Once again, the Labor Day Holiday is here. As we enjoy some weekend time with friends and family, we should all appreciate having such weekends. In Maine and across this nation we can be thankful that Frances Perkins and workers unions fought to earn us workplace safety rules, a 40 hour workweek, a minimum wage and Social Security to protect us from destitution after our working years.
Frances, whose family had deep roots in Maine, was the first woman to serve in the Cabinet when she was named Secretary of Labor under President Franklin D. Roosevelt in 1933 — a post she held until 1945. In her own words, she “went to Washington to work for God, FDR, and the millions of forgotten, plain, common workingmen.”
She was a driving force behind passage of the Fair Labor Standards Act, implemented after the great depression to provide a federal minimum wage, a forty hour week and paid overtime, all of which are critical to working Mainers’ quality of life. Those policies were of huge benefit to previously overworked, underpaid and exploited workers. They eroded the difference between the haves and have-nots that was so stark during the Gilded Age of robber barons. Today, we cannot imagine an economy without them.
Social Security, for which Frances Perkins also fought, is the single greatest anti-poverty protection for American seniors. Today, roughly 15 percent of Americans older than 65 live in poverty. That’s a shame, but without Social Security, estimates say roughly half of all our elders would be destitute.
Frances, along with the workers and unions who have fought for economic justice, have helped countless Americans live better lives. But the middle class — made up of those plain, common working people that Frances went to Washington to support — is struggling today in Maine to pay the bills, to fend off financial ruin and to provide a future for our children. About half of Mainers today say they couldn’t come up with the money to cover an emergency expense; Those people, our neighbors, are one sudden sickness or unexpected car repair away from falling behind.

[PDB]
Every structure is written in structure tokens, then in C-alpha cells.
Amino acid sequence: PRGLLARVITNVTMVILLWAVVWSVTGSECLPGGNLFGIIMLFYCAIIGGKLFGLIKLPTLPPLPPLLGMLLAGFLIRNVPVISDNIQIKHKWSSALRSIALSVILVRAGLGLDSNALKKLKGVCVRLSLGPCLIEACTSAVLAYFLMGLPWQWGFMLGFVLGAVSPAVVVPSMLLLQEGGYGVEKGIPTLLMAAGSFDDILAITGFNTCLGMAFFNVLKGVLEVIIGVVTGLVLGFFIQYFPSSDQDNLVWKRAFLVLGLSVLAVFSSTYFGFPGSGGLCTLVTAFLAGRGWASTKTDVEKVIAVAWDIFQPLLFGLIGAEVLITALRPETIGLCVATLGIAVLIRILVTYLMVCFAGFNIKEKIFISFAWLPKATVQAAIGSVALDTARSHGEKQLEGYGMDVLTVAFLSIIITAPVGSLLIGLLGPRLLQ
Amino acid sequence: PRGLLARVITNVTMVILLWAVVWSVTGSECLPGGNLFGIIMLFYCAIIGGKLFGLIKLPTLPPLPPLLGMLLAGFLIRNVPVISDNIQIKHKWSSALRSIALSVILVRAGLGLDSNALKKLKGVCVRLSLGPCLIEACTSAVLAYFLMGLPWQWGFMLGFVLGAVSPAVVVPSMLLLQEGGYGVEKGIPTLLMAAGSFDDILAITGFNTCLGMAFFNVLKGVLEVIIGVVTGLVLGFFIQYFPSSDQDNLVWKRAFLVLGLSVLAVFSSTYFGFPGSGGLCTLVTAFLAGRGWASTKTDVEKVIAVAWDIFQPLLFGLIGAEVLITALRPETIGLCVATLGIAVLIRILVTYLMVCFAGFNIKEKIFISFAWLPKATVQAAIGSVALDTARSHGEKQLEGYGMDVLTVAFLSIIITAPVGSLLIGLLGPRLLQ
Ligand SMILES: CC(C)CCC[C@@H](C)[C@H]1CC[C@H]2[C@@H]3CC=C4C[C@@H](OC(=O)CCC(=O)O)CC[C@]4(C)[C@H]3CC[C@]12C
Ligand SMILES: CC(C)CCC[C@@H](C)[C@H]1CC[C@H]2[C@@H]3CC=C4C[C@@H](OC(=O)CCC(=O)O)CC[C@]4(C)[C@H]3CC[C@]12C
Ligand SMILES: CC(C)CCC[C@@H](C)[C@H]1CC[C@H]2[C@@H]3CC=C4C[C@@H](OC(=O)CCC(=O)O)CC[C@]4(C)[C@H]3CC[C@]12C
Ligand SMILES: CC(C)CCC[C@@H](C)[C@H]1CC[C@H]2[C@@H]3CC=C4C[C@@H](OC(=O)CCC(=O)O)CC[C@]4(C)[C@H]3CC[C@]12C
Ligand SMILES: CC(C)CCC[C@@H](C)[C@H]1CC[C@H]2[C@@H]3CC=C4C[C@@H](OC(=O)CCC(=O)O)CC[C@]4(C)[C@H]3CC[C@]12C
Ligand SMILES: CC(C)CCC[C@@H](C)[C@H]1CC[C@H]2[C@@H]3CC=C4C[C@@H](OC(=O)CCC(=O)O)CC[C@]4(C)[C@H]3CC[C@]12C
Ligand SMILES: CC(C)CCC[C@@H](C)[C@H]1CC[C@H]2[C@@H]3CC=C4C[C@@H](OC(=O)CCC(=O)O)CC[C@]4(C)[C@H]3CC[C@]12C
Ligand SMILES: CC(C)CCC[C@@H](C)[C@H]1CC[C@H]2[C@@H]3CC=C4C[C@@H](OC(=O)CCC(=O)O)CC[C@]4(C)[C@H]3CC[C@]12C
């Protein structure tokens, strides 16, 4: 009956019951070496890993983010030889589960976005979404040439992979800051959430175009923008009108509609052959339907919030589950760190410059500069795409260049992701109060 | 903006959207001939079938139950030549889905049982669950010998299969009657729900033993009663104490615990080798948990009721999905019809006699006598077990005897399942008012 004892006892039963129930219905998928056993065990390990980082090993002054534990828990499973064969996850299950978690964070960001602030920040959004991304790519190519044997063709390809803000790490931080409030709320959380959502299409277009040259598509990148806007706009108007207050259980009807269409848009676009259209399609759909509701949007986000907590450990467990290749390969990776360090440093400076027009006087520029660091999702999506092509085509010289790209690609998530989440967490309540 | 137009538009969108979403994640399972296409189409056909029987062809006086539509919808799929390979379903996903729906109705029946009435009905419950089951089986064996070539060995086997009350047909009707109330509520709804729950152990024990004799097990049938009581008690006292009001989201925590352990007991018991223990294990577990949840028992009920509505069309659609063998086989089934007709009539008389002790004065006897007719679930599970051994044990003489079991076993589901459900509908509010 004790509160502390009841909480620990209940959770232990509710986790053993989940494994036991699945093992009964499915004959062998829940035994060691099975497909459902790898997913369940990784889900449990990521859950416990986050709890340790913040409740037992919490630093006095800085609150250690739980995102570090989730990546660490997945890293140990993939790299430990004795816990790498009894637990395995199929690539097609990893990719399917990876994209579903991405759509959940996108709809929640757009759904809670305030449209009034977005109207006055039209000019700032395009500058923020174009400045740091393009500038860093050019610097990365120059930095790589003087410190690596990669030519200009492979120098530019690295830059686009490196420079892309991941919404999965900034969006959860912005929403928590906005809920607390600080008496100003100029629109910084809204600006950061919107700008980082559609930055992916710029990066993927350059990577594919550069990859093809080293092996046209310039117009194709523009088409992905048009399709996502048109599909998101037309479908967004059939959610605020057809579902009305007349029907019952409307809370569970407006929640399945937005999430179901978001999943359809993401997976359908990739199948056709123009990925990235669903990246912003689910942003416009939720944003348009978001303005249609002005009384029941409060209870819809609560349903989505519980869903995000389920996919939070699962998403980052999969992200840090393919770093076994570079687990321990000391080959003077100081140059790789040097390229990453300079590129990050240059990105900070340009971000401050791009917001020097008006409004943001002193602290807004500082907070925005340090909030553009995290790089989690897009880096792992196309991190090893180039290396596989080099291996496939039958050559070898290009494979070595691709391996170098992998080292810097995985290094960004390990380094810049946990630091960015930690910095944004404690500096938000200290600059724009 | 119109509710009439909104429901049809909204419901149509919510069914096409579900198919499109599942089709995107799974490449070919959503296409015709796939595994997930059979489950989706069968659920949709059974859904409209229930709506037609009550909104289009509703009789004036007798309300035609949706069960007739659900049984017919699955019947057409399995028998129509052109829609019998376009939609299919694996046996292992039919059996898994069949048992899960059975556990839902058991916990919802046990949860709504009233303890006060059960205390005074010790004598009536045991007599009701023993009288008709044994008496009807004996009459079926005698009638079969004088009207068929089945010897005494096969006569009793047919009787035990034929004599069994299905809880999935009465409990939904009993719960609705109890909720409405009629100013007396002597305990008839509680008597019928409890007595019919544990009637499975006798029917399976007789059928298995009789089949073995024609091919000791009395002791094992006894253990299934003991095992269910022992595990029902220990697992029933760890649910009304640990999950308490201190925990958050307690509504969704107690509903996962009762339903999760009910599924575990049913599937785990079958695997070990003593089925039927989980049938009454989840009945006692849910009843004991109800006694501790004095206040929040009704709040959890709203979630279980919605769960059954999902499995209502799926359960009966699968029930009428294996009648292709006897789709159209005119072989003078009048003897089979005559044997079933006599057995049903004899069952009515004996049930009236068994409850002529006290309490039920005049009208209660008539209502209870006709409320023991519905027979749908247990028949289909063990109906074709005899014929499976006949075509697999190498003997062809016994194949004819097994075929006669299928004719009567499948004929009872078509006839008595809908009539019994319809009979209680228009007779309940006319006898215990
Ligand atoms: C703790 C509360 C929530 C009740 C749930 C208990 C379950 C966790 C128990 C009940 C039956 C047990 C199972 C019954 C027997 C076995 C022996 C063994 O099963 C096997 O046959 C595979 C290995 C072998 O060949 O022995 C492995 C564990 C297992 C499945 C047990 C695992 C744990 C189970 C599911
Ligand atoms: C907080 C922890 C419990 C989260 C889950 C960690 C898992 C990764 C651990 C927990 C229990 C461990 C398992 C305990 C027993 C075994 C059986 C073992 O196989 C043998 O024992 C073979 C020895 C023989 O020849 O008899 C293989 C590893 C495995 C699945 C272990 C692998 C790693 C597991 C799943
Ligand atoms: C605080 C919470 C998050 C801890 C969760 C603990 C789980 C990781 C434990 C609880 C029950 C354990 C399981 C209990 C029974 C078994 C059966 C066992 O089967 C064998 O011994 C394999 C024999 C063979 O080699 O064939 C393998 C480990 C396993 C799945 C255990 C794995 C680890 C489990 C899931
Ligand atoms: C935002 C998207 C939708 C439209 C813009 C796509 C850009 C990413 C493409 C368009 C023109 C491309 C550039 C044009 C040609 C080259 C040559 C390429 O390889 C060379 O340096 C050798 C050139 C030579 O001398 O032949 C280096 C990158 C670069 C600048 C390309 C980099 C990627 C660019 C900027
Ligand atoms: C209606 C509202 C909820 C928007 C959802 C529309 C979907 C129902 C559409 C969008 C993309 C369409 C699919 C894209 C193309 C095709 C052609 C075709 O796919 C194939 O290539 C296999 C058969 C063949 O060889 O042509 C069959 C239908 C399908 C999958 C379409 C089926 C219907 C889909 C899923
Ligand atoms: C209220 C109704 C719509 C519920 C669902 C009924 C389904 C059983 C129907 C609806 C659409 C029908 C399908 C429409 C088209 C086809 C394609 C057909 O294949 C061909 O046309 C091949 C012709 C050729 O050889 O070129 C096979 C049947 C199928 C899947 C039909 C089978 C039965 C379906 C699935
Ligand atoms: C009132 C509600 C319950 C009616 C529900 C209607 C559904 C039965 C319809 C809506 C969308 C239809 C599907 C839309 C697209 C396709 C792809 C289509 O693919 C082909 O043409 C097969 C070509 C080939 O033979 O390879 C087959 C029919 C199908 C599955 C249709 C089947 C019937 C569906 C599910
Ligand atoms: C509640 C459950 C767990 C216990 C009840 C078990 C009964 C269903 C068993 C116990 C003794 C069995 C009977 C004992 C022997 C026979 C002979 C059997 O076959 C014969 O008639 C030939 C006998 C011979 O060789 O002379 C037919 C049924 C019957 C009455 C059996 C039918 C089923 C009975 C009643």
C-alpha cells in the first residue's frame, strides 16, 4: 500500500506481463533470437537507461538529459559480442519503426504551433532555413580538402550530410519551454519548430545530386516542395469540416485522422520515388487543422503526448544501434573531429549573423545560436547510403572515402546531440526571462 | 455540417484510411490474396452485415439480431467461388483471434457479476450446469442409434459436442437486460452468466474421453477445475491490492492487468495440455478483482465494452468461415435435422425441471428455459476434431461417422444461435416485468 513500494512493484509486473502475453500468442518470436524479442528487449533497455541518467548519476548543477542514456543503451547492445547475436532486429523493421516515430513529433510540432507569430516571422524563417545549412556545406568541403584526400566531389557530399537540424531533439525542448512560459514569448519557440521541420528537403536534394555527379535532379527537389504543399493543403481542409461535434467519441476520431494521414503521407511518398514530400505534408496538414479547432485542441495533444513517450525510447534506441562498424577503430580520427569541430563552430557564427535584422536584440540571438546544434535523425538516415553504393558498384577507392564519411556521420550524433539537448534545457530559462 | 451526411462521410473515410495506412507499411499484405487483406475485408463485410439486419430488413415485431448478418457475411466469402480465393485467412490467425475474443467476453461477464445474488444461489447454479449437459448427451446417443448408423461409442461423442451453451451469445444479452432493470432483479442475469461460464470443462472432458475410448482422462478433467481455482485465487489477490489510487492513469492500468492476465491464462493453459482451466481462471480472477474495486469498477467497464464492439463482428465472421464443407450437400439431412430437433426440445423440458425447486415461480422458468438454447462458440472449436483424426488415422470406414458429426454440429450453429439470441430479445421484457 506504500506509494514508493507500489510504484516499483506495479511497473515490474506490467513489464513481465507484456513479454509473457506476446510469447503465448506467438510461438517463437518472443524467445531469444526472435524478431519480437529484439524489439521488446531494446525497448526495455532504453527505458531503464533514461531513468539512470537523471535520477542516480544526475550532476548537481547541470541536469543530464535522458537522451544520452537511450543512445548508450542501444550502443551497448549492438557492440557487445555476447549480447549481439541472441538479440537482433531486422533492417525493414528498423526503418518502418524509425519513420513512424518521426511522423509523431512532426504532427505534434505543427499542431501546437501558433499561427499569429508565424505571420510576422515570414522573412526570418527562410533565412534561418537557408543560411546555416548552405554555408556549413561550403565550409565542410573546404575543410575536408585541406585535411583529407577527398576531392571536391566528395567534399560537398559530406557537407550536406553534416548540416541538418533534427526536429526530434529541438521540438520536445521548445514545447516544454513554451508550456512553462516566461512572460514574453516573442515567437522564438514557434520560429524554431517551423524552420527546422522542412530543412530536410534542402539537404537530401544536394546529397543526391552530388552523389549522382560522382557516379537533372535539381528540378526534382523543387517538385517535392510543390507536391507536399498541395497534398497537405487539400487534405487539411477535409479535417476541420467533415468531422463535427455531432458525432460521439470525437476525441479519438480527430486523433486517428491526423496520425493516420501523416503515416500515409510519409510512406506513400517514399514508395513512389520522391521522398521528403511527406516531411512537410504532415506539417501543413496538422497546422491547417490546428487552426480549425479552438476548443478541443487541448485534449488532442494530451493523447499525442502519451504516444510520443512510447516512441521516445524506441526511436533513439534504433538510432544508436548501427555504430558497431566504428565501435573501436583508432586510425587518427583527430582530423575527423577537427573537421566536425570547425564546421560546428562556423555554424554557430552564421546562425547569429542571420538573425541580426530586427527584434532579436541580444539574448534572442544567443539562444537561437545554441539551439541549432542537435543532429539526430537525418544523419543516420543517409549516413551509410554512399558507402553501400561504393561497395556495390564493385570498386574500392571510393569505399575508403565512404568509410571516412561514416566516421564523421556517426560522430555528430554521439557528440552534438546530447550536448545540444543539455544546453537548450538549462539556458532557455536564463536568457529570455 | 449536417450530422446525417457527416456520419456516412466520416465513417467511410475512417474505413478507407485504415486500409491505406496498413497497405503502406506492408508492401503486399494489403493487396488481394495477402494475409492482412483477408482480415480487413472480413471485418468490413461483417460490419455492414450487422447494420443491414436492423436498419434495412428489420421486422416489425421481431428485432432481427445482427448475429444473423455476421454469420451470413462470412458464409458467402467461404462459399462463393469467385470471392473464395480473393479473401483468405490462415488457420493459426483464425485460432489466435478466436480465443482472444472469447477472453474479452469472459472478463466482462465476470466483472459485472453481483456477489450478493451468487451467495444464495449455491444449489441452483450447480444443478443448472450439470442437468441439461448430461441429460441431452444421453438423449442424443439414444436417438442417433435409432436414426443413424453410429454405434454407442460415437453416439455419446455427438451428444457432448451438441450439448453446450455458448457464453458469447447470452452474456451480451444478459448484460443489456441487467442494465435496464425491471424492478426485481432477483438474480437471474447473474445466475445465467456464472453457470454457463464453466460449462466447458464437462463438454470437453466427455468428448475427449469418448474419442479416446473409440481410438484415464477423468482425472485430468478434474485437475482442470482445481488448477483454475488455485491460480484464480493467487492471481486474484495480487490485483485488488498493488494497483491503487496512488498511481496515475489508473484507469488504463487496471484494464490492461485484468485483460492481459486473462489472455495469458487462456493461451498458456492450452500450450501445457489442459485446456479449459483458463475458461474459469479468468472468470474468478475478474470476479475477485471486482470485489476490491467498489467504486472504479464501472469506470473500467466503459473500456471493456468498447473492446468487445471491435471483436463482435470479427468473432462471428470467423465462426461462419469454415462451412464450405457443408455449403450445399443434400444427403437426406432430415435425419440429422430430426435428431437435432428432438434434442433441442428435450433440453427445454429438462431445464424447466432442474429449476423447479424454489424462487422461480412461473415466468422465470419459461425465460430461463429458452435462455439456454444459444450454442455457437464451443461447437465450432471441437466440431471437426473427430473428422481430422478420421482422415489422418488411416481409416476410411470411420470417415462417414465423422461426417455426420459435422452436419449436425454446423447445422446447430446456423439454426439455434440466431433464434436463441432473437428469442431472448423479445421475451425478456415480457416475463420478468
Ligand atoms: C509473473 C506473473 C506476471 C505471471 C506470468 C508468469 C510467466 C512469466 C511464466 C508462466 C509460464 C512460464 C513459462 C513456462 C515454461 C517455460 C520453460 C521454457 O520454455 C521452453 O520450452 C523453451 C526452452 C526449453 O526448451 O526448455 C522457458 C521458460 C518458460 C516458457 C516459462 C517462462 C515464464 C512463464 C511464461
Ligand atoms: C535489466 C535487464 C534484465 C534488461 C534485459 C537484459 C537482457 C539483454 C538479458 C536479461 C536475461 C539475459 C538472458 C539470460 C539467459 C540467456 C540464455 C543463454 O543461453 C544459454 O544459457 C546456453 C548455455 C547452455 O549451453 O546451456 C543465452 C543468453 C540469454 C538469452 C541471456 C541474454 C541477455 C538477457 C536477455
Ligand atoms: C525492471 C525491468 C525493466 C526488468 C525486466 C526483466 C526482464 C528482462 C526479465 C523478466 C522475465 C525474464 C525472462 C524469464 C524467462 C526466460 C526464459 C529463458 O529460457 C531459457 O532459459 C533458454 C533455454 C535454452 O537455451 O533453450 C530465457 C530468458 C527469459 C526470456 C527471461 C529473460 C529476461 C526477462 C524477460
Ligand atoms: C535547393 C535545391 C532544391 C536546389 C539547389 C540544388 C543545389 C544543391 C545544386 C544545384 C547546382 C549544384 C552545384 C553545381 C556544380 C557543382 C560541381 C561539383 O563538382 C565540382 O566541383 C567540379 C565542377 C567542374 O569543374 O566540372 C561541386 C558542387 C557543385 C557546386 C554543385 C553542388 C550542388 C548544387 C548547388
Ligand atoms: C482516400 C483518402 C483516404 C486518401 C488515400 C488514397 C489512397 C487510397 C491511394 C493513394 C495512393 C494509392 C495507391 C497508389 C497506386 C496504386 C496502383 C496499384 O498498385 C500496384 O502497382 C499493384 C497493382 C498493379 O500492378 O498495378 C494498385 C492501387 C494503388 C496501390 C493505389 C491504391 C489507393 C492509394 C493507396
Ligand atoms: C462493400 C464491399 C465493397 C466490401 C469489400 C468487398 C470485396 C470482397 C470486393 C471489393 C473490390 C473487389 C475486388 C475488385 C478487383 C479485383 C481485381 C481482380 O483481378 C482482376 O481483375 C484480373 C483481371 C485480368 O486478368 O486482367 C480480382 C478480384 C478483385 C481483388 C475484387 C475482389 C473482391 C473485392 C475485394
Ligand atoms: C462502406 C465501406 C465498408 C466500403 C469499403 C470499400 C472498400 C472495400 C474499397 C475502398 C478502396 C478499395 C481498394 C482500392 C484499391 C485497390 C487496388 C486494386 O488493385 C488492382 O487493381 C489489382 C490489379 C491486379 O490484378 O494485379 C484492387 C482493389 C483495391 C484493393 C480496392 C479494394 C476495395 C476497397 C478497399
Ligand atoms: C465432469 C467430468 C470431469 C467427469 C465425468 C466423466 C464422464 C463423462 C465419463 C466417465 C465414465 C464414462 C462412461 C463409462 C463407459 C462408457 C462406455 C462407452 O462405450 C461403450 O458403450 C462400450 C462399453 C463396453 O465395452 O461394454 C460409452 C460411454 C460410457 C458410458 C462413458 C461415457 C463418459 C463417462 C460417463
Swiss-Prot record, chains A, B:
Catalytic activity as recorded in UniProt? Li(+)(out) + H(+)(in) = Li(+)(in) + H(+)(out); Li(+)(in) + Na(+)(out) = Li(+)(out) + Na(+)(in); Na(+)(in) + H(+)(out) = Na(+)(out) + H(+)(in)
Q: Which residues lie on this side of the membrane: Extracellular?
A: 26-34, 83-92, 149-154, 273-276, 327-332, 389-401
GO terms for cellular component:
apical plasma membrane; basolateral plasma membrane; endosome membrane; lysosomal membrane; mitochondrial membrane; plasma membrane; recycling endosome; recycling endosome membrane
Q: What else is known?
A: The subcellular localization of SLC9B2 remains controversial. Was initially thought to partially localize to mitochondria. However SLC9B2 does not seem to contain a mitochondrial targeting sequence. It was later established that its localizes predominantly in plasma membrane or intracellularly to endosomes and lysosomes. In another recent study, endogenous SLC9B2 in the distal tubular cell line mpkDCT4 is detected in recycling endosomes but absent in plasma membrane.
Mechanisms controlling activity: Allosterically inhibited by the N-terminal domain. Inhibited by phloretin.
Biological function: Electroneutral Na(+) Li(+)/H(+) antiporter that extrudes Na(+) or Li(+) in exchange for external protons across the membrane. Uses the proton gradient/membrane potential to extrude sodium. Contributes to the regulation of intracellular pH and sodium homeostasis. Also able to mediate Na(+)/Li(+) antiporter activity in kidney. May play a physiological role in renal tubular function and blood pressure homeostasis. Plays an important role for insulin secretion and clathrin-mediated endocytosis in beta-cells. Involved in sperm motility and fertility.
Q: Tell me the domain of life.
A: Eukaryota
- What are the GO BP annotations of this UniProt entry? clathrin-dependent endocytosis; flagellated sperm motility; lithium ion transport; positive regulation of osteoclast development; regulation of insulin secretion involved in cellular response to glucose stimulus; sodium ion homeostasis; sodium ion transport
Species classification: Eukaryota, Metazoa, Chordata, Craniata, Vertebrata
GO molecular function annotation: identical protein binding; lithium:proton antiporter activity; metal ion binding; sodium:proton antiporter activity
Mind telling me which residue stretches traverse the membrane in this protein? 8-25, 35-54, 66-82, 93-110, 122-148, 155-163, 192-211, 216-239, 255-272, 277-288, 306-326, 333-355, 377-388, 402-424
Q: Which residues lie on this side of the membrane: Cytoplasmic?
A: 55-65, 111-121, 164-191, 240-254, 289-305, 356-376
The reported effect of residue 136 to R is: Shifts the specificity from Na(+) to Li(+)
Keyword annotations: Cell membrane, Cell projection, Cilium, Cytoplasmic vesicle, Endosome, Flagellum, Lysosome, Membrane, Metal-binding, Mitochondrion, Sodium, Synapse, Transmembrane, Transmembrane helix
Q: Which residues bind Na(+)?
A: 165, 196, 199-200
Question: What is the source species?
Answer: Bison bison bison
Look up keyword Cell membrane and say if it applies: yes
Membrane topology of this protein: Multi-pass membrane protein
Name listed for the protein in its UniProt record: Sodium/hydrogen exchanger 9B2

Meanwhile, billionaires, big corporations and the lobbyists they employ have been steadily creating advantages for themselves and undermining the average worker’s opportunity to make a decent living. The difference between haves and have-nots is once again widening.
In the 1970s, CEOs made 20 to 30 times more than the average American worker. Since then, that ratio has ballooned. According to The Economic Policy Institute, today’s CEOs make 276 times the wage of typical workers.
Most Americans still have yet to recover from the Great Recession, even though that downturn ended seven years ago, as documented by the Portland Press Herald recently. It tells how the average income for the 99 percent is still lower than it was back in 1998 after adjusting for inflation. Meanwhile, incomes for the executives, bankers, hedge fund managers, entertainers and doctors who make up the top 1 percent have steadily improved. These one-percenters account for roughly 22 percent of all personal income, more than double the post-World War II era level of roughly 10 percent. One reason the income disparity is troubling for the nation is that it’s thinning out the ranks of the middle class.
Working class people have been under attack economically for decades. But nobody who works full-time should find themselves among the downtrodden, as too many Mainers do.
So as we celebrate with family this Labor Day weekend and are thankful workers do still have some rights, remember too that all of us in the 99 percent deserve better, and that we can only get back to real middle class opportunity by fighting so that everyone who works hard is rewarded fairly. We have a lot of work ahead standing up proudly to commit our votes, our voices, and our labors as Frances Perkins did — to the millions of forgotten, plain common working people of our nation and right here in Maine.